[What follow are excerpts from a report in today's edition of The Herald:]
Scottish Labour leader Iain Gray has previously criticised the decision to release Megrahi.
Last night he said the terms of his release were now in “chaos” following reports of his departure.
“Scots who were aghast at the original decision [to release him] will now be totally perplexed at the Scottish Government’s insistence the licence has not been breached. Is Alex Salmond in denial?” he added.
He also accused the Scottish Government of attempts to shift responsibility on to the council, and “wash their hands of the matter”.
Megrahi was released in 2009 suffering from terminal prostate cancer. If he has broken the conditions of his release he could, technically, be recalled.
A spokesman for the Scottish Labour Party said it was not for opposition parties to decide.
“It does seem if he is on the run as has been reported then he has broken the terms of his licence,” he said. “However, that is not for us to decide – that judgment is for the Scottish Government. It is not for the Scottish Labour Party to monitor his release licence. We do not have the information the Scottish Government and East Renfrewshire Council have.”
He added: “We are not going to say that the conditions of his release have been broken, that would be irresponsible. But people will be asking whether they have been broken.”
A Scottish Government spokesman said it contacted the Libyan National Transitional Council in London and would discuss any change in Megrahi’s circumstances with it.
“However, all of the information we have about Megrahi is consistent with him dying of terminal prostate cancer, and he has not been in breach of his licence conditions,” he added.
He also said that contact with Megrahi by the criminal justice social work service of East Renfrewshire Council was not due for some time.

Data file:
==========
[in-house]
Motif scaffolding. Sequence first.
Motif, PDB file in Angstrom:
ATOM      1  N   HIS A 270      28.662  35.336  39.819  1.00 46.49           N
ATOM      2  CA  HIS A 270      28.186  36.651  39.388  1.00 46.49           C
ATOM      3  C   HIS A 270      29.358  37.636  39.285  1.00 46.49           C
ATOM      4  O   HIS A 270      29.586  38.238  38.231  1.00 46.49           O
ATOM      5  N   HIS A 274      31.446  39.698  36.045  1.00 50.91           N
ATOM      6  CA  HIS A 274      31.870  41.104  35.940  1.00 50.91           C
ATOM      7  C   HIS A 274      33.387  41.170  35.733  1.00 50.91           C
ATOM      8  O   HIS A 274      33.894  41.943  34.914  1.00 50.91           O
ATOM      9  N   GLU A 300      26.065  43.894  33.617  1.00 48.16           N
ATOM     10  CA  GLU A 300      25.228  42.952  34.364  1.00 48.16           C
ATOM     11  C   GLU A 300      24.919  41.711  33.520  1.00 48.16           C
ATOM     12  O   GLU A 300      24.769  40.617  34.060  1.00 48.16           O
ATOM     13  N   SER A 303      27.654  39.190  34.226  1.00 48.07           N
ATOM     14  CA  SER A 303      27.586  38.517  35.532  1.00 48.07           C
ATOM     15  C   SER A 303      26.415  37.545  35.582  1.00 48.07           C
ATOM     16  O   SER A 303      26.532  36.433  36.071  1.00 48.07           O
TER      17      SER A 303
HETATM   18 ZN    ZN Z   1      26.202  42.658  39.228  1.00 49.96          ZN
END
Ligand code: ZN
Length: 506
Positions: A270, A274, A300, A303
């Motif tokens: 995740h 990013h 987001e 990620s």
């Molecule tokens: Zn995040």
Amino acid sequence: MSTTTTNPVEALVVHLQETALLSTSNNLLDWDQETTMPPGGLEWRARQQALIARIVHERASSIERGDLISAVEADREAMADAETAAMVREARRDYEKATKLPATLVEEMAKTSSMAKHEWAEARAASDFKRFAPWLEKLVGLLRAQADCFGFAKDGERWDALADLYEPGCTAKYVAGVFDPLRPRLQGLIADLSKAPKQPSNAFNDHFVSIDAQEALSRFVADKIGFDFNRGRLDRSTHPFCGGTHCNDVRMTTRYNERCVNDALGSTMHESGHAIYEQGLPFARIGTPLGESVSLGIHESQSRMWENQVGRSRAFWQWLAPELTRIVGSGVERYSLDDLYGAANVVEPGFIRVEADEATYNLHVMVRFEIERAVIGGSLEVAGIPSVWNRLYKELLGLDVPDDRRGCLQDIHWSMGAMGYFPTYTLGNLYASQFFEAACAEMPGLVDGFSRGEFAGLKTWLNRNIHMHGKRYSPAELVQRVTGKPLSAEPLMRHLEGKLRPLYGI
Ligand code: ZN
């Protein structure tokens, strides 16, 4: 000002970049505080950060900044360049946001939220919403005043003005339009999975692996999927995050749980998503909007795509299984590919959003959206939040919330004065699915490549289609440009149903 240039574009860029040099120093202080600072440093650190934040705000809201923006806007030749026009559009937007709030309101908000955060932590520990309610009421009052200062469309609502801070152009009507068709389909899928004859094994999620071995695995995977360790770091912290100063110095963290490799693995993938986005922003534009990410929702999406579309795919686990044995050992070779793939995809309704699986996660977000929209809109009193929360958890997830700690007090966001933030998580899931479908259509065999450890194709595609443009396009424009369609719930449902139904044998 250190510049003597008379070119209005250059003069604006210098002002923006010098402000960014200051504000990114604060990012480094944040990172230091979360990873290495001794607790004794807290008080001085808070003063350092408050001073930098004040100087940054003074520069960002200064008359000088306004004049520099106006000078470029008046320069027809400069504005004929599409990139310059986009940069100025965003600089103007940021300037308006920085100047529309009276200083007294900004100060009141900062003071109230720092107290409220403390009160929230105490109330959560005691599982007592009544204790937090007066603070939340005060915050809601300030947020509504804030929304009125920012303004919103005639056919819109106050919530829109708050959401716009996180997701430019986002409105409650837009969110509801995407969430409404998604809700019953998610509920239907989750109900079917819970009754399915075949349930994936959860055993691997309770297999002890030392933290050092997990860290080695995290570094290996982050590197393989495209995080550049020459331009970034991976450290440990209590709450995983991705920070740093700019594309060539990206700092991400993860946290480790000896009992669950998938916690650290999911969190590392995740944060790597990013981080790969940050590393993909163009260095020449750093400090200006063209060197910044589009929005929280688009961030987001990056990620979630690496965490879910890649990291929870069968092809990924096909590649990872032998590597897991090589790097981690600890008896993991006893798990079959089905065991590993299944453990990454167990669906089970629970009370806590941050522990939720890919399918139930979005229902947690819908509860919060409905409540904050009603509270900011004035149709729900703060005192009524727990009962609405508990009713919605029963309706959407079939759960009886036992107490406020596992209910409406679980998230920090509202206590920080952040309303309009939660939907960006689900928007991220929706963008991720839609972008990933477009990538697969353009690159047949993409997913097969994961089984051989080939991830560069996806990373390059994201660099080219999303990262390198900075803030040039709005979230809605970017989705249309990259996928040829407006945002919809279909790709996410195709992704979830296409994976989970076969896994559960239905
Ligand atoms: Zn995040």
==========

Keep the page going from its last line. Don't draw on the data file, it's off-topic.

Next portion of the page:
Last night, the council confirmed it was still attempting to speak to Megrahi. A spokesman also confirmed the council had received the latest monthly medical report on Megrahi and another was not due until next month.
[Two letters on the subject of Megrahi appear in the same newspaper. They read as follows:]
Well done to Iain Macwhirter for bringing some sanity back to the Megrahi debate (“If Megrahi is to be tried again, then let it be in the new Libya”, The Herald, August 25).
Many of those clamouring for Megrahi’s blood appear to have forgotten about the Scottish Criminal Courts Review Commission (SCCRC) decision to refer his case for appeal because they were of the view “that the applicant may have suffered a miscarriage of justice”.
What is astonishing is that there has been no outcry by our media and politicians over the enormous sum of money apparently paid to Tony Gauci for giving evidence. As Mr Macwhirter implies, this alone should render Megrahi’s conviction unsafe. Why are David Cameron, Nick Clegg and George Foulkes, among others, not demanding an explanation for this payment from the US?
Dr Hans Koechler, a university professor, was nominated by the United Nations to be an international observer at the Lockerbie trial in the Netherlands. In his evaluation of the proceedings, he stated: “As to my knowledge, there is not one single piece of material evidence linking the two accused (in the original indictment Megrahi and Al Amin Khalifa Fhimah were jointly accused of the bombing) to the crime. In such a context, the guilty verdict in regard to Megrahi appears arbitrary, even irrational.”
Dr Koechler also found it incomprehensible that when the indictment was based on the joint action of the two accused in Malta, Megrahi was found guilty and Fhimah not guilty.
It will be interesting to discover the content of the SCCRC report when it is published next month. [RB: The Scottish Government's legislative programme is to be published next month and is expected to feature primary legislation to enable the SCCRC Statement of Reasons to be published. It is most unlikely that the legislation will be enacted next month.]
If Megrahi’s release is good enough for Dr Jim Swire, who lost his daughter on Pan Am flight 103, and has conducted himself with dignity, balance and reason ever since, then it’s good enough for me – and forget the political posturing.
R Russell Smith.